While Jon was getting to grips with his new life as a student, Nicola accepted a job at her father’s building surveying firm, where she enrolled on an apprenticeship at UCEM.

Both had a steep learning curve ahead of them, especially when their career paths led them to academia.

“I never actually became an architect”, says Jon. “Instead, I went into academia. I became a programme leader in 2015.”

Transferable skills

IT and medicine might not appear to have much in common with the built environment, but both Jon and Nicola found that their skillsets transferred seamlessly to the built environment. “Knowing how to talk to people is really important in this industry – and that’s a skill a front-line NHS job definitely gives you,” Nicola told us.

“It’s definitely EQ not IQ that’s most valuable in this industry” said Jon.

With his background in IT training, Jon can see the potential for technology to make a huge impact in the built environment. “There’s loads of great tech out there, but people don’t always know how to use it. AutoCAD technology is so sophisticated, but you still end up with disparities between how a building is designed and how it’s actually built.”

“Back yourself”

Changing careers in your 30s or 40s (or older) brings with it the prospect of a pay cut. How did Jon and Nicola approach this?

“It’s important to back yourself”, said Jon. I’d always earned an average wage, but I gave that up to earn exactly zero for three years while I got my degree. After that I became a lecturer, which paid substantially less than I made in IT.”

“Academia is a whole other world, but the great thing about it is the variety. It will always be interesting, and you never stop learning.”

“I halved my salary when I left the NHS for building surveying”, said Nicola. “You have to be willing to jump off the top or middle of one ladder to start again at the bottom of another”.

“But if you don’t, you’ll die wondering”, added Jon. “I would say do it, but have a plan. Work out what it is you want to change about your career, and then plan out what you’re going to do over the next 6,12, or 24 months to make it happen.”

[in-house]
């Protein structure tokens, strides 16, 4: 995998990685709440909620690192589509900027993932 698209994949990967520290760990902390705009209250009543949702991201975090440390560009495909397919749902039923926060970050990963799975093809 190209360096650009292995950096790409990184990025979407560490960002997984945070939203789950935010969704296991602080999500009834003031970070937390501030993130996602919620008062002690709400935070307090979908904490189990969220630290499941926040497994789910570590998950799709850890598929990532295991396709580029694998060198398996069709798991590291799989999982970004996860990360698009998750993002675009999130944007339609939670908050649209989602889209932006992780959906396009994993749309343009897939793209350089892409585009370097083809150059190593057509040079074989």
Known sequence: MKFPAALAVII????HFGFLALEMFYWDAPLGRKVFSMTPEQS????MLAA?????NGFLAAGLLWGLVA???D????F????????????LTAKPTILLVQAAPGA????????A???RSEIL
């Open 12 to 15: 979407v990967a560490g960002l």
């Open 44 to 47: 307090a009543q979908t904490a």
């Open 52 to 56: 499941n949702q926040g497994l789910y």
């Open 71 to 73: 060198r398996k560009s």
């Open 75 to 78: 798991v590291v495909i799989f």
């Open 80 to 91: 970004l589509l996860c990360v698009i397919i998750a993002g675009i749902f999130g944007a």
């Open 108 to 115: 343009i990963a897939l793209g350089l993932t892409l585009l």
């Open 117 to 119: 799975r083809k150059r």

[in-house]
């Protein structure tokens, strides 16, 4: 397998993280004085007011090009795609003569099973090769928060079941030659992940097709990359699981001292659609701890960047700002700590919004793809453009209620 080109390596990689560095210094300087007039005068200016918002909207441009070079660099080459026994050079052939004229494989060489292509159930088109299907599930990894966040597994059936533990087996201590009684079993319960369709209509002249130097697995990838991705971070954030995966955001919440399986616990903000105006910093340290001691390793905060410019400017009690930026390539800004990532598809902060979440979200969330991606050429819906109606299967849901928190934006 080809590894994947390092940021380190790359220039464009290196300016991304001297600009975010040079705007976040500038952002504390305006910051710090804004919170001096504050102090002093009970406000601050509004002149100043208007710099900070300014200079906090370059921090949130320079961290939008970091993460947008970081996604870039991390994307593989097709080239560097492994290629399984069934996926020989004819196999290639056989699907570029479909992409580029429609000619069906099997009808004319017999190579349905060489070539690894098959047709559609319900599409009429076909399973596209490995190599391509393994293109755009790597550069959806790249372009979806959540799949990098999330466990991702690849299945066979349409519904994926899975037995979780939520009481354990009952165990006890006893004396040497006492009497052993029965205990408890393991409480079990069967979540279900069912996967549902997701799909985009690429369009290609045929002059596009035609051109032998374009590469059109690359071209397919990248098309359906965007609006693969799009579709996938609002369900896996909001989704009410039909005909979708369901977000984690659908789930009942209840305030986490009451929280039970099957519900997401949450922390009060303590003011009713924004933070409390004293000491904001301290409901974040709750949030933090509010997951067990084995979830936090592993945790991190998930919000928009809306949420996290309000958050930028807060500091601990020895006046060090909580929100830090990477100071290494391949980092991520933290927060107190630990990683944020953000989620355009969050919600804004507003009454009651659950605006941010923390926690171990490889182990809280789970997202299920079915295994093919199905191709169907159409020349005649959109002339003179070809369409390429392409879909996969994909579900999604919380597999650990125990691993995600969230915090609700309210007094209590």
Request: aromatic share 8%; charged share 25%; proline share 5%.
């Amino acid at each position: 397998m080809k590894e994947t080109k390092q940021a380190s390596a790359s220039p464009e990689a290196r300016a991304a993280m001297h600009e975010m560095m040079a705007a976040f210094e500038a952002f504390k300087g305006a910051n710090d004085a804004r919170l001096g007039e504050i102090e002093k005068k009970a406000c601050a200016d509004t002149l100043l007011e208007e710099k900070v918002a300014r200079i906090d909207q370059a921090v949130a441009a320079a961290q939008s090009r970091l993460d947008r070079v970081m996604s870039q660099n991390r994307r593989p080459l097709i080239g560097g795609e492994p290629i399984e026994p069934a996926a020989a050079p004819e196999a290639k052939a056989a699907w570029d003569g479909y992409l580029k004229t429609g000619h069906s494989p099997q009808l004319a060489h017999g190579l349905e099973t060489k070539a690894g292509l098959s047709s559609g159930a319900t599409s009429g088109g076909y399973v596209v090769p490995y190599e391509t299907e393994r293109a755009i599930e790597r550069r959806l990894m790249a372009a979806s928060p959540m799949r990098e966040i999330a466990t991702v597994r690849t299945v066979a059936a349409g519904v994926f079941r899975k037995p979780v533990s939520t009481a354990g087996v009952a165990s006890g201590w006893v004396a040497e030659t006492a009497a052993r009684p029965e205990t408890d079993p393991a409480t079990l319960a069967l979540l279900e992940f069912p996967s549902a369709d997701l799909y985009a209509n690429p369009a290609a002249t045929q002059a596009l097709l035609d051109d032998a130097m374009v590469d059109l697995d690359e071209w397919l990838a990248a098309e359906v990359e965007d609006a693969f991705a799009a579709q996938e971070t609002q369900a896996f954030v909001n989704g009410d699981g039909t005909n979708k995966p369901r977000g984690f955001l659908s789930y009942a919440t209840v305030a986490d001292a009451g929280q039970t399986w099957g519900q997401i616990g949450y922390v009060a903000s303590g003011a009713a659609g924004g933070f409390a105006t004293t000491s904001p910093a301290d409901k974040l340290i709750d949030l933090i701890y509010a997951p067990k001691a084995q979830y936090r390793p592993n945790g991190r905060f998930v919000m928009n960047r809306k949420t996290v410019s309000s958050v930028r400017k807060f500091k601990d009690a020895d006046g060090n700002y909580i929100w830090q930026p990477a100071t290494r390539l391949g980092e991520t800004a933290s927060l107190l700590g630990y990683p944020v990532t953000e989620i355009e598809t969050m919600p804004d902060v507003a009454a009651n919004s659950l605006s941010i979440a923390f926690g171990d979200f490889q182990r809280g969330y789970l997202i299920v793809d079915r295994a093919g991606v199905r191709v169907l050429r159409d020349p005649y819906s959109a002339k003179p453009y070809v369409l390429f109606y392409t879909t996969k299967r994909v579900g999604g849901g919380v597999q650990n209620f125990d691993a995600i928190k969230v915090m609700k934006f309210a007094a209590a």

The industry’s future

What do Jon and Nicola think the future of the built environment will look like for those who are considering a career change?

“I think it’s becoming more diverse”, says Nicola.

“There’s less of the ‘pale, male and stale’ demographic than there used to be”, agrees Jon, “although there’s still a way to go.”

The advancement of technology has the potential to revolutionise aspects of the industry, in Jon’s view: “There will be jobs in this sector in the next 5-10 years that we haven’t even thought of yet. Just look at the very recent emergence of roles for drone pilots. That’s something that just didn’t exist a few years ago.”

“Legislation needs to keep up”, says Nicola, “and the regulating bodies need to do their bit too. They definitely have a role to play in increasing diversity in our sector.”

“I think the future of the industry is going to be largely influenced by a combination of technology and legislation”, says Jon. “We’re going to see new materials and new technologies taking over some of the traditional processes in the way we create new buildings – and we need an influx of new talent to keep diversifying the sector.”

“Absolutely”, says Nicola. “Career changers are a vital part of that because like Jon and I, they bring unique perspectives from their previous careers and experiences. Our industry has never needed that more than it does today.”

Visit the Be Part of the Change site >

To find out more about the Be Part of the Change campaign and get involved, visit the homepage. If you’d like to get in touch with our Student Ambassadors for EDI, email outreachandinclusion@ucem.ac.uk